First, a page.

In July of the year 1963, the Football Association of Kenya organized countrywide trials to select a Kenyan team to participate in the Gossage Cup that was to start later in September as well as Olympic qualifiers a few weeks later.
The best talents from across the country were called in for the final selection held on the weekend of 1 and 2 September of the same year.
After grueling tests, some very new faces were discovered; Livingstone Madegwa, Enos Bondo, keepers Michael Falvey, an Englishman who once played for Swansea Town, and the super talented James Siang’a aged 16.
Other new players also made it through – 17 year old Stephen Yongo as well as Hudson Imbusi.
All the new discoveries made the cut to feature in the Gossage Cup joining the likes of keeper Bob Esrkine, a Scotsman, defenders Nassir Omar, Peter Wasiembo and Mohammed Dii, midfielders George Situma, Amrani Shiba, Jabir Ali Riziki, Ali Sungura, Joe Kadenge and strikers Otto Bevilacqua, an Italian, Zachariah Changamwe, Nyangweso, Robert Samuels and Daniel Nicodemus.
Save for Siang’a, all the newbie’s in the team made their national team debuts at the tournament held at the City Stadium, Nairobi.
Despite being left out, Siang’a got his chance in early October to represent the nation when he was named in the Kenya U17 team that traveled to Uganda to contest the Middlesex Wanderers trophy against their Ugandan counterparts, who went on to win 3-1.
Madegwa and Yongo were also part of the trip the others being Clement Okech, Francis D'Souza, John D'Souza, Makundu, Odhiambo, William Omar, Ejaz Hussain and Musa Athman.
A week after that trip, Siang’a was once again drafted into the senior national team where he understudied top keeper Ashiq Hassan as Kenya hosted Ethiopia in a first leg 1964 Olympic games qualifier at the Donholm Road (now City) Stadium.
Close to a month later, Siang’a was between the posts for Kenya for his national team debut when Kenya, then coached by legendary Elijah Lidonde, went to Addis Ababa for the reverse tie.
After that game, the rest was history as, time and again, in years to come, he was considered the first choice keeper for the country taking over from the ever dependable Benedict Okoth.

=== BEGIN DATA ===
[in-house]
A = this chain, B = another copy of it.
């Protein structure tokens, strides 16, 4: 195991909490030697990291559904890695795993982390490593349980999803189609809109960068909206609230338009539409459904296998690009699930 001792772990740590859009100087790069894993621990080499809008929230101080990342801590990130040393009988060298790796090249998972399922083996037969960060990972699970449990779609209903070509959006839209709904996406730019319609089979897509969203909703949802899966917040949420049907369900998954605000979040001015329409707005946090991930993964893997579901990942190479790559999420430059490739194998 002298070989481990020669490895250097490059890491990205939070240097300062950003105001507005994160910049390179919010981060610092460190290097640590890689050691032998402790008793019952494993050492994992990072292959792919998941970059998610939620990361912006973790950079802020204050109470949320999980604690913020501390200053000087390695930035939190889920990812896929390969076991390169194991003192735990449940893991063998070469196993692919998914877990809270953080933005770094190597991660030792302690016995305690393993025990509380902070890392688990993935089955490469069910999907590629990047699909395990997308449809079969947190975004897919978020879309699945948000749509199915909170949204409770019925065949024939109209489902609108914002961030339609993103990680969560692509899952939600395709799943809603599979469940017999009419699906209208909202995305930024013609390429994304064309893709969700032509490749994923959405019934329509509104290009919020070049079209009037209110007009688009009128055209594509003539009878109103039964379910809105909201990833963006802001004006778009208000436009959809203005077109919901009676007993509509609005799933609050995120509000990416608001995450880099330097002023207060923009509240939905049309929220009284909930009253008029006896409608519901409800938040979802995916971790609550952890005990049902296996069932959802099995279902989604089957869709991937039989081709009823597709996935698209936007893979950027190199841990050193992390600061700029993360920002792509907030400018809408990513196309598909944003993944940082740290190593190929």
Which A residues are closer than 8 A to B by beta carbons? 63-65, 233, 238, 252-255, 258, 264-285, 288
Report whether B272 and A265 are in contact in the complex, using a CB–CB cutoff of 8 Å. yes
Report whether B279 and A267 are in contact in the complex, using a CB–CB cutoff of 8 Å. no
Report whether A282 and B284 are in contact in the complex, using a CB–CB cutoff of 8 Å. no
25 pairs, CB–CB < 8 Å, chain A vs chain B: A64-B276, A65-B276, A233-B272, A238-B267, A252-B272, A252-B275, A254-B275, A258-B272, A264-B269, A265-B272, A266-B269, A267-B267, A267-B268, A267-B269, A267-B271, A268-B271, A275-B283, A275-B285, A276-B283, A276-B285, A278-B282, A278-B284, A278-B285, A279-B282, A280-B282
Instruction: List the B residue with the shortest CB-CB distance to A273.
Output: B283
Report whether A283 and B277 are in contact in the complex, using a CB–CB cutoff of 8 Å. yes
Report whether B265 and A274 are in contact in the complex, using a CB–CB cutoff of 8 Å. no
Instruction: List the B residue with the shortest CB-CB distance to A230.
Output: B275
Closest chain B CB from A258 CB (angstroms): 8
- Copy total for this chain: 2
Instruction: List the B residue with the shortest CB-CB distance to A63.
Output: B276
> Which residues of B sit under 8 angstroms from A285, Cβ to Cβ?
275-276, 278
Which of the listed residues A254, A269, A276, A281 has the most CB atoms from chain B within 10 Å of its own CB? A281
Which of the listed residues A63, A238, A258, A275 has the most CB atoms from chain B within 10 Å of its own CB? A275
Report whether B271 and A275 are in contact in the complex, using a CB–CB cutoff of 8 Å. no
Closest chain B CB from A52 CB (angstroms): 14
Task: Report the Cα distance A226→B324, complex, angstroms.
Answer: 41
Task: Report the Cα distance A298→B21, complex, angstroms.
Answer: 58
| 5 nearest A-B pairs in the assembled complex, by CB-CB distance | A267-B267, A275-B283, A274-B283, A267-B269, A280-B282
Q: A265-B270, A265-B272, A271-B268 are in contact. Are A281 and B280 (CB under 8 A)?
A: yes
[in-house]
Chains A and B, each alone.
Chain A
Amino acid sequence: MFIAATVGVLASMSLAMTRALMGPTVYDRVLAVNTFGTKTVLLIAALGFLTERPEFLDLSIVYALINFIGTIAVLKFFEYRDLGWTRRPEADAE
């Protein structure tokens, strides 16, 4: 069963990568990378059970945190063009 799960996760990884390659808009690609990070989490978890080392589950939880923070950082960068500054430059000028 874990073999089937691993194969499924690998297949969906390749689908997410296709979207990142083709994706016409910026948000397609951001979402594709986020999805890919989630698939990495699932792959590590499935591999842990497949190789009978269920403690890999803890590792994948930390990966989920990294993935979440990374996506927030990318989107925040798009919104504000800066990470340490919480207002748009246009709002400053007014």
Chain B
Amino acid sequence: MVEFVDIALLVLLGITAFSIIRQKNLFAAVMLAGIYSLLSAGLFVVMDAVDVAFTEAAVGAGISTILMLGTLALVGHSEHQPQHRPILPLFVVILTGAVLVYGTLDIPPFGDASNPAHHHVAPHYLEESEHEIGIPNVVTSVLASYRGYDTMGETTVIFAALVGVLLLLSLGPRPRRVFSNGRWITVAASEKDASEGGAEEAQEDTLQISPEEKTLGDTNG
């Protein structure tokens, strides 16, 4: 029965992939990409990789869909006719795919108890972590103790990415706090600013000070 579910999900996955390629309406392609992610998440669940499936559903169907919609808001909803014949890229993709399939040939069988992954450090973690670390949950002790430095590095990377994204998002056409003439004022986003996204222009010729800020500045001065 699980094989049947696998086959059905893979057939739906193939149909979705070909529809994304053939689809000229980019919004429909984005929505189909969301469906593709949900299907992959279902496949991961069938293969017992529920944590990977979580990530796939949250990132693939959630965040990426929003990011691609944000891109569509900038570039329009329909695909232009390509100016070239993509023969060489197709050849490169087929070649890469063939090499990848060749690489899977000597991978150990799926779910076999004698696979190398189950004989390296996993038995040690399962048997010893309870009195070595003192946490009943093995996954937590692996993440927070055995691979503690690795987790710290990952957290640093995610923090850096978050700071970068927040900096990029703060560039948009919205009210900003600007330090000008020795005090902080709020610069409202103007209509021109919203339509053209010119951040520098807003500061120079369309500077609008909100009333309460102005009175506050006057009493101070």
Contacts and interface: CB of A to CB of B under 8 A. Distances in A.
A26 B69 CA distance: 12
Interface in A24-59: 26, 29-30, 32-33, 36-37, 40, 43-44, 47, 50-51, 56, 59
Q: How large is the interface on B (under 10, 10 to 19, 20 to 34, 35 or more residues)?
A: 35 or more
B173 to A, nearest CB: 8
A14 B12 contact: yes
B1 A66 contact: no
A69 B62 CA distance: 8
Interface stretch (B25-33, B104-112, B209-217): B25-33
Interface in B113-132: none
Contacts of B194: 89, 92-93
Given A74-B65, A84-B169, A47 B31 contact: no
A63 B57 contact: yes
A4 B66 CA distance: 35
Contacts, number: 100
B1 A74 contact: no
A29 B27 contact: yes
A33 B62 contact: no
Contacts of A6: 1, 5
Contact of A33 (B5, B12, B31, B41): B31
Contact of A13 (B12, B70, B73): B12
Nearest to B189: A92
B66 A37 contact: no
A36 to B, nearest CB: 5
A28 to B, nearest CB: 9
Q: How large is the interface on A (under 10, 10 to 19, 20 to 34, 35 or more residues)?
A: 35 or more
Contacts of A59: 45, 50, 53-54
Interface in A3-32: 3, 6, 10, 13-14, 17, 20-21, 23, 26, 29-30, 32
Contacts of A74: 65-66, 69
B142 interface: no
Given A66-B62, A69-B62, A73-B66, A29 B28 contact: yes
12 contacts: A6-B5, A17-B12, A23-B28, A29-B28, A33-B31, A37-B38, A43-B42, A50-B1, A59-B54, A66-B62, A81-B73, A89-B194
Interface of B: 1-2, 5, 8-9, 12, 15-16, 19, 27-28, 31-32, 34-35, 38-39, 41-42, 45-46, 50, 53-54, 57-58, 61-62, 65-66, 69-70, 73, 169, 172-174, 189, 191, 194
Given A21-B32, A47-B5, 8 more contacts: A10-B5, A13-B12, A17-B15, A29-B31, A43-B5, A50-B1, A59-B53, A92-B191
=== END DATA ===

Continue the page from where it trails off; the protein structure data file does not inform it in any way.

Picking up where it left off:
It is however worth noting that other shot stoppers such as Gilbert Otieno, Johnstone Tiema, Mahmoud Mohammed, John Ogutu, Omar Abdullah and Joseph Were all emerged along the way to challenge Siang’a for his position, whose reign lasted a cool 12 years till the second quarter of 1975.
In that year, Kenya had been paired with Sudan in the first round of qualifiers towards the 1976 Africa Cup of Nations.
After falling off 1-0 in the first leg, Kenya, then coached by another legend Joe Kadenge hosted the same side on 20 April but lost 2-0 at the City Stadium to bow out 3-0 on aggregate. That was the last time Siang’a stood between the posts for Kenya.
In months to come, the Kenya Football Federation (KFF) appointed Kenya Breweries Coach Ray Wood to take charge of the national team – and he never considered Siang’a but instead gave a chance to his deputy Mohammed Magogo.
Part of the reason that kept him out was that he had made two boobs in a crucial league game that saw his side Luo Union fall 2-1 to rivals Gor Mahia.
Four months after being snubbed for national duty, he went public, an angry man;
“If the Kenya Football Federation feel I am no longer good they should at least have the courtesy to tell me so. I would have willingly announced my retirement from international soccer. To have just kicked me out like this is embarrassing and humiliating” he was quoted by a local daily
Despite the setback that saw him ‘retire’ from National duty at age 28, he went on to represent his club till the year 1977 before calling it quits altogether.
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